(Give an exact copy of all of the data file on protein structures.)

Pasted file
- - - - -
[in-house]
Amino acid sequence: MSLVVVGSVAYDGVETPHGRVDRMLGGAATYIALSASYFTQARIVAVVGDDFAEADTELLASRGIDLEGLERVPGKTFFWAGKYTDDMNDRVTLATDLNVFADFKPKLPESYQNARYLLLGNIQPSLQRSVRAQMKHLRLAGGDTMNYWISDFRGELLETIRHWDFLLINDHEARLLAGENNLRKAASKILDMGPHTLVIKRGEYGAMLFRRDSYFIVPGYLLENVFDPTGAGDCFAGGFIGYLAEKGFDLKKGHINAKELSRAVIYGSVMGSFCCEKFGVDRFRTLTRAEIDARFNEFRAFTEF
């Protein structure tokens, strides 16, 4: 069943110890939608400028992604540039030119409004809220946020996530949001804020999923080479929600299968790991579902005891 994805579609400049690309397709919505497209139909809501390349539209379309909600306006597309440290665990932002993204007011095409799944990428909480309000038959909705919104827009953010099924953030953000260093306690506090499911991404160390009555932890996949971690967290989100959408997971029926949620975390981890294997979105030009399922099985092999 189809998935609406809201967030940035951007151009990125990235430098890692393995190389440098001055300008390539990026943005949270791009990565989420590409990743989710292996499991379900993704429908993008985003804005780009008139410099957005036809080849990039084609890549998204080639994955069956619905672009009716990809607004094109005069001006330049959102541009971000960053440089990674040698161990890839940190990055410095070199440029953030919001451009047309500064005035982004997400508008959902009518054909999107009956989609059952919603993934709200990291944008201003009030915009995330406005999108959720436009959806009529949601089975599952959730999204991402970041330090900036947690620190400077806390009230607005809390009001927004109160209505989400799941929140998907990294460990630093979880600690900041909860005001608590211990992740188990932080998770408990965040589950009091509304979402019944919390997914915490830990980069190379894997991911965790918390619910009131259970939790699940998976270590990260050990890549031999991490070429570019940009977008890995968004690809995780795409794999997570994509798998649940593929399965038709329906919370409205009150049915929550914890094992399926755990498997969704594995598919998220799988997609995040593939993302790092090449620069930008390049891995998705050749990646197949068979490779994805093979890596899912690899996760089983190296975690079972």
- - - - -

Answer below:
[in-house]
Amino acid sequence: MSLVVVGSVAYDGVETPHGRVDRMLGGAATYIALSASYFTQARIVAVVGDDFAEADTELLASRGIDLEGLERVPGKTFFWAGKYTDDMNDRVTLATDLNVFADFKPKLPESYQNARYLLLGNIQPSLQRSVRAQMKHLRLAGGDTMNYWISDFRGELLETIRHWDFLLINDHEARLLAGENNLRKAASKILDMGPHTLVIKRGEYGAMLFRRDSYFIVPGYLLENVFDPTGAGDCFAGGFIGYLAEKGFDLKKGHINAKELSRAVIYGSVMGSFCCEKFGVDRFRTLTRAEIDARFNEFRAFTEF
């Protein structure tokens, strides 16, 4: 069943110890939608400028992604540039030119409004809220946020996530949001804020999923080479929600299968790991579902005891 994805579609400049690309397709919505497209139909809501390349539209379309909600306006597309440290665990932002993204007011095409799944990428909480309000038959909705919104827009953010099924953030953000260093306690506090499911991404160390009555932890996949971690967290989100959408997971029926949620975390981890294997979105030009399922099985092999 189809998935609406809201967030940035951007151009990125990235430098890692393995190389440098001055300008390539990026943005949270791009990565989420590409990743989710292996499991379900993704429908993008985003804005780009008139410099957005036809080849990039084609890549998204080639994955069956619905672009009716990809607004094109005069001006330049959102541009971000960053440089990674040698161990890839940190990055410095070199440029953030919001451009047309500064005035982004997400508008959902009518054909999107009956989609059952919603993934709200990291944008201003009030915009995330406005999108959720436009959806009529949601089975599952959730999204991402970041330090900036947690620190400077806390009230607005809390009001927004109160209505989400799941929140998907990294460990630093979880600690900041909860005001608590211990992740188990932080998770408990965040589950009091509304979402019944919390997914915490830990980069190379894997991911965790918390619910009131259970939790699940998976270590990260050990890549031999991490070429570019940009977008890995968004690809995780795409794999997570994509798998649940593929399965038709329906919370409205009150049915929550914890094992399926755990498997969704594995598919998220799988997609995040593939993302790092090449620069930008390049891995998705050749990646197949068979490779994805093979890596899912690899996760089983190296975690079972």